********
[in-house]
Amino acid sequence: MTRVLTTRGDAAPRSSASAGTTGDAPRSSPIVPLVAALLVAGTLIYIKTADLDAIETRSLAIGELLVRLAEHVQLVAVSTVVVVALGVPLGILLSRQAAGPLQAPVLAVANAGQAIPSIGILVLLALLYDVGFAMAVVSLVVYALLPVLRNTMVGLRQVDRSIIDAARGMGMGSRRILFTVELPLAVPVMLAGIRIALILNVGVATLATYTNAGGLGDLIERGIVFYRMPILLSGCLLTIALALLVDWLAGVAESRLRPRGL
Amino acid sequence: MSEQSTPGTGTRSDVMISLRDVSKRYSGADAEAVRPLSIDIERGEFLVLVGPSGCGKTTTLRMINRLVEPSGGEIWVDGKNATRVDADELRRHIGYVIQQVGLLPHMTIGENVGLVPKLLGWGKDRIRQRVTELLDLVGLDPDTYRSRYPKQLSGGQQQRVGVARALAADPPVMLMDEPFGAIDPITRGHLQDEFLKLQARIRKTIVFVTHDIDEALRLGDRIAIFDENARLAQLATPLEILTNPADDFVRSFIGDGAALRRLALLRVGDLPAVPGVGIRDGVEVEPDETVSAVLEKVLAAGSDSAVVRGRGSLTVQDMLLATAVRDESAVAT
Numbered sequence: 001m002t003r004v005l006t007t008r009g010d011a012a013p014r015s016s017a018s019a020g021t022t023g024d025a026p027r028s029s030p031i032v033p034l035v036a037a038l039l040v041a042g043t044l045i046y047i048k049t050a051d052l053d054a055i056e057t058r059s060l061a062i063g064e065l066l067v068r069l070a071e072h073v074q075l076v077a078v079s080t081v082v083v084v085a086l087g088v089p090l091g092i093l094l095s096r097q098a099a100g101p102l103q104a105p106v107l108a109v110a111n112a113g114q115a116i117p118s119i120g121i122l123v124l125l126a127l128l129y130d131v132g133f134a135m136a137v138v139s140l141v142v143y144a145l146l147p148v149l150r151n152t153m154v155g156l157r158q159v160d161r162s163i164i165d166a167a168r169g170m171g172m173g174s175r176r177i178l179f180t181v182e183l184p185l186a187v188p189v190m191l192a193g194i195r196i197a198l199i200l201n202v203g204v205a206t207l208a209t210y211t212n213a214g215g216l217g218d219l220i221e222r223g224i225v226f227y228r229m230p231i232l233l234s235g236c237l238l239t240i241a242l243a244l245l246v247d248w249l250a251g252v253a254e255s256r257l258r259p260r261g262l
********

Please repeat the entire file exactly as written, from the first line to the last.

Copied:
[in-house]
Amino acid sequence: MTRVLTTRGDAAPRSSASAGTTGDAPRSSPIVPLVAALLVAGTLIYIKTADLDAIETRSLAIGELLVRLAEHVQLVAVSTVVVVALGVPLGILLSRQAAGPLQAPVLAVANAGQAIPSIGILVLLALLYDVGFAMAVVSLVVYALLPVLRNTMVGLRQVDRSIIDAARGMGMGSRRILFTVELPLAVPVMLAGIRIALILNVGVATLATYTNAGGLGDLIERGIVFYRMPILLSGCLLTIALALLVDWLAGVAESRLRPRGL
Amino acid sequence: MSEQSTPGTGTRSDVMISLRDVSKRYSGADAEAVRPLSIDIERGEFLVLVGPSGCGKTTTLRMINRLVEPSGGEIWVDGKNATRVDADELRRHIGYVIQQVGLLPHMTIGENVGLVPKLLGWGKDRIRQRVTELLDLVGLDPDTYRSRYPKQLSGGQQQRVGVARALAADPPVMLMDEPFGAIDPITRGHLQDEFLKLQARIRKTIVFVTHDIDEALRLGDRIAIFDENARLAQLATPLEILTNPADDFVRSFIGDGAALRRLALLRVGDLPAVPGVGIRDGVEVEPDETVSAVLEKVLAAGSDSAVVRGRGSLTVQDMLLATAVRDESAVAT
Numbered sequence: 001m002t003r004v005l006t007t008r009g010d011a012a013p014r015s016s017a018s019a020g021t022t023g024d025a026p027r028s029s030p031i032v033p034l035v036a037a038l039l040v041a042g043t044l045i046y047i048k049t050a051d052l053d054a055i056e057t058r059s060l061a062i063g064e065l066l067v068r069l070a071e072h073v074q075l076v077a078v079s080t081v082v083v084v085a086l087g088v089p090l091g092i093l094l095s096r097q098a099a100g101p102l103q104a105p106v107l108a109v110a111n112a113g114q115a116i117p118s119i120g121i122l123v124l125l126a127l128l129y130d131v132g133f134a135m136a137v138v139s140l141v142v143y144a145l146l147p148v149l150r151n152t153m154v155g156l157r158q159v160d161r162s163i164i165d166a167a168r169g170m171g172m173g174s175r176r177i178l179f180t181v182e183l184p185l186a187v188p189v190m191l192a193g194i195r196i197a198l199i200l201n202v203g204v205a206t207l208a209t210y211t212n213a214g215g216l217g218d219l220i221e222r223g224i225v226f227y228r229m230p231i232l233l234s235g236c237l238l239t240i241a242l243a244l245l246v247d248w249l250a251g252v253a254e255s256r257l258r259p260r261g262l